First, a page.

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Ramos-Horta's new security sector reform 'mechanism'

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26 March 2009 09:41

Jim Della-Giacoma is an Associate Director at the Conflict Prevention and Peace Forum at the Social Science Research Council in New York City.

After extensive travels abroad, President José Ramos-Horta addressed the Timor-Leste parliament last week in a speech titled 'Timor-Leste: Reflections on the road to peace and prosperity'. It is a fascinating read for many reasons, but the section on the reform and development of the security sector particularly caught my eye.

Last month, I wrote about the lack of traction the UN Integrated Mission in Timor-Leste (UNMIT) was having with its security sector review. On 26 February, UNMIT’s mandate was extended for 12 months; the mandate included a reaffirmation of 'the continued importance of the review and reform of the security sector in Timor-Leste'.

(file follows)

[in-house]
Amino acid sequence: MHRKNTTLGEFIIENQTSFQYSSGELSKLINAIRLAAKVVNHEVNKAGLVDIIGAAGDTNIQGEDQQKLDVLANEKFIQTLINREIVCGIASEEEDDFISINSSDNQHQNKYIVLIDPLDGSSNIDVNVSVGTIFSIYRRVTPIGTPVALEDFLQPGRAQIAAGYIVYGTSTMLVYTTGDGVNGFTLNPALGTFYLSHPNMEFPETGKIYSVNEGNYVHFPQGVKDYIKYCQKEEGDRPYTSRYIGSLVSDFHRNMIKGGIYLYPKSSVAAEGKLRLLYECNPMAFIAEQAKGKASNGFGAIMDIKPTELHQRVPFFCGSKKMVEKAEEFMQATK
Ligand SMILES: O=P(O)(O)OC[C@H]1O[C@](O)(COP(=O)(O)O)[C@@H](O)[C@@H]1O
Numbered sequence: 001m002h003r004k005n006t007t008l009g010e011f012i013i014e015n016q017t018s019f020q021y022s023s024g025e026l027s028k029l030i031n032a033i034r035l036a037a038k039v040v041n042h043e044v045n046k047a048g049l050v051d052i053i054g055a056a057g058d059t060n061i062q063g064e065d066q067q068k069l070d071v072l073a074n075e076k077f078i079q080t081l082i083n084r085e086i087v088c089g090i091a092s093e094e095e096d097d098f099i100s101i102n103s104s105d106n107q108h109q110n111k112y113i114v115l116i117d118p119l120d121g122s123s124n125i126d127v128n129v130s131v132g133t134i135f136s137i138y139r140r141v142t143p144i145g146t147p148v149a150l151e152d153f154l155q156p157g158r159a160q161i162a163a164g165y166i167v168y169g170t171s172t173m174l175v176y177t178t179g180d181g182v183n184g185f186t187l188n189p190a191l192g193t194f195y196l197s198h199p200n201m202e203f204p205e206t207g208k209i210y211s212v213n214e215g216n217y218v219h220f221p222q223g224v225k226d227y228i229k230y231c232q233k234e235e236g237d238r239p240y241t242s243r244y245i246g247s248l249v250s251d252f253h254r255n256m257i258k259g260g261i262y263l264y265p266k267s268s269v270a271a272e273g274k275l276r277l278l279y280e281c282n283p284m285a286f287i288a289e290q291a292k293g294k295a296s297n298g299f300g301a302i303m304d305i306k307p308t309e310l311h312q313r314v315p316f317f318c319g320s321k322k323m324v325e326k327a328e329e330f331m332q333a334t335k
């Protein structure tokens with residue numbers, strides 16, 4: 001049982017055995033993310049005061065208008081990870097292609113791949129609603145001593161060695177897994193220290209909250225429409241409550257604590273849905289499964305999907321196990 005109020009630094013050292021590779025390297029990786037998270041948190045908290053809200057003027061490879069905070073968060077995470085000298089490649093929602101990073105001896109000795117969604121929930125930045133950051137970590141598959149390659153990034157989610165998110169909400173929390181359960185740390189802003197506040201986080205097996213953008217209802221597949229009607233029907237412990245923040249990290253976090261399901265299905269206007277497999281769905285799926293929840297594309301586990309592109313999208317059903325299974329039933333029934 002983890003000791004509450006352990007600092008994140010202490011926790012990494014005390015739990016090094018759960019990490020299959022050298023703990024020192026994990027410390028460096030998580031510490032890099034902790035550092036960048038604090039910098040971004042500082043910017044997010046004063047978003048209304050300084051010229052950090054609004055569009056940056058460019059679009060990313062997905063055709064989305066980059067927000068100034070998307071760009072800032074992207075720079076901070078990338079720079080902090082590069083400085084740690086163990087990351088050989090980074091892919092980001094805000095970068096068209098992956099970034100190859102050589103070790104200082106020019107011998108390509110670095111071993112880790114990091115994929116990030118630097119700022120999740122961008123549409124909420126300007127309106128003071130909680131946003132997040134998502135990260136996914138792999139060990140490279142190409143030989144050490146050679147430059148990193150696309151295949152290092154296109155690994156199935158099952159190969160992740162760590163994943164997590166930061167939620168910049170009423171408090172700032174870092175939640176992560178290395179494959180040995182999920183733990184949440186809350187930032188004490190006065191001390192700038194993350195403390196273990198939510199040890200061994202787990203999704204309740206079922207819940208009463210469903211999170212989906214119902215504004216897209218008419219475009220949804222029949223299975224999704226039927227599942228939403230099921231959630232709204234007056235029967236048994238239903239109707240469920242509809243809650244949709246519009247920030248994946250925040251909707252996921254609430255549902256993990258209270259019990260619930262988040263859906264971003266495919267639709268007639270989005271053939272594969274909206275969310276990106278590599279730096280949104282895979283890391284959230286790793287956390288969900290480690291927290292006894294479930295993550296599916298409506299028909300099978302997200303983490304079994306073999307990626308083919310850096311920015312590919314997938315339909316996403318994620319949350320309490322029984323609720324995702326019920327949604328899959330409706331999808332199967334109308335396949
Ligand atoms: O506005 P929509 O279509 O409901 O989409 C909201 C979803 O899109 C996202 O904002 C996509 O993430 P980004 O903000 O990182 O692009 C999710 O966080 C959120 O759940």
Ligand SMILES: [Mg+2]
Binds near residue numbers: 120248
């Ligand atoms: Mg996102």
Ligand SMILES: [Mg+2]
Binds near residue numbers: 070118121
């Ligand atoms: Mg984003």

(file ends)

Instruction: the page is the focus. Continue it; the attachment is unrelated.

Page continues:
But Ramos-Horta’s speech again demonstrates the Timorese desire to be in control of this vital sector, particularly with the announcement of a new whole-of-government 'mechanism' for security cooperation that appears to omit the UN mission.

The reform and development of the security sector are essential to consolidate the institutions that are now coming into being. Hence, the process represents an important contribution to strengthen and consolidate our democratic State.

In order to coordinate the reform process, the Prime Minister, the President of the National Parliament and myself have agreed to set up a mechanism that enables the cooperation of all sovereign bodies and State departments involved. Our aim is to ensure that there is a consensus on key issues of the reform and that there is a harmonious implementation of the measures aimed at the reform and development of the security sector in the different departments of the State involved. (Emphasis in original text.)

Curiously, there is no mention of UNMIT in the sixteen paragraphs of this speech on the security sector, showing who is driving the process and who is sitting in the backseat. But it could also be argued that not being talked about may be the ultimate in the 'local ownership' that the UN has been striving for.

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